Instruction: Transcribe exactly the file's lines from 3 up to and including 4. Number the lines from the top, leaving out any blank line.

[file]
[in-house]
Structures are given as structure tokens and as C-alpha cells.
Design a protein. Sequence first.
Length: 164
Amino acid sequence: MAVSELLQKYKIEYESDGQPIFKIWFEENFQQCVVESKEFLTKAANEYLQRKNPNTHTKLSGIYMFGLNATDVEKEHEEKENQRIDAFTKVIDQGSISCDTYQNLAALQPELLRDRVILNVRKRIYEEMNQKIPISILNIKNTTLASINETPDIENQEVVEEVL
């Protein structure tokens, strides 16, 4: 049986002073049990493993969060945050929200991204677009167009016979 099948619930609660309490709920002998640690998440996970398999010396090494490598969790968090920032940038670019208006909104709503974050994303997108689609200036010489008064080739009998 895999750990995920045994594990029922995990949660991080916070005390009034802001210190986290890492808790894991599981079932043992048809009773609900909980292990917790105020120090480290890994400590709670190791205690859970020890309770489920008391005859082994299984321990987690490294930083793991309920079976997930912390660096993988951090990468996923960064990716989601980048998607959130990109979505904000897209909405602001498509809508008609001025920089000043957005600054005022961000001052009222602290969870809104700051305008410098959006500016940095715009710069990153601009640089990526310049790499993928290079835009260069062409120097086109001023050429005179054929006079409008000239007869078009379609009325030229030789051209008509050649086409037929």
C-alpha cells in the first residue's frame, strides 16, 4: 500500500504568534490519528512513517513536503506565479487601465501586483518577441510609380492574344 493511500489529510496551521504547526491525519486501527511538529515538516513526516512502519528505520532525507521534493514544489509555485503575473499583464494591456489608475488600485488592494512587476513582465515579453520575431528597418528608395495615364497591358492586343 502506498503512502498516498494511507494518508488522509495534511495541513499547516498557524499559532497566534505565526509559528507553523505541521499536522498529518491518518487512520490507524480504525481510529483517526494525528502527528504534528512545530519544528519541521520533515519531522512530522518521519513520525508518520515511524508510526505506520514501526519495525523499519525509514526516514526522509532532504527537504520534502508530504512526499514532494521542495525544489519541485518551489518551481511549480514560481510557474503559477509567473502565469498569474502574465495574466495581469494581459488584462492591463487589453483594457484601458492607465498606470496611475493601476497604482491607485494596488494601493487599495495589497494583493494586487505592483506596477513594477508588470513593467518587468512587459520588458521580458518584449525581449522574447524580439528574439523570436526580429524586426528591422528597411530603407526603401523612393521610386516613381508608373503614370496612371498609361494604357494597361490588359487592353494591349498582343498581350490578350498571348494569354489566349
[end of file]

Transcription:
Design a protein. Sequence first.
Length: 164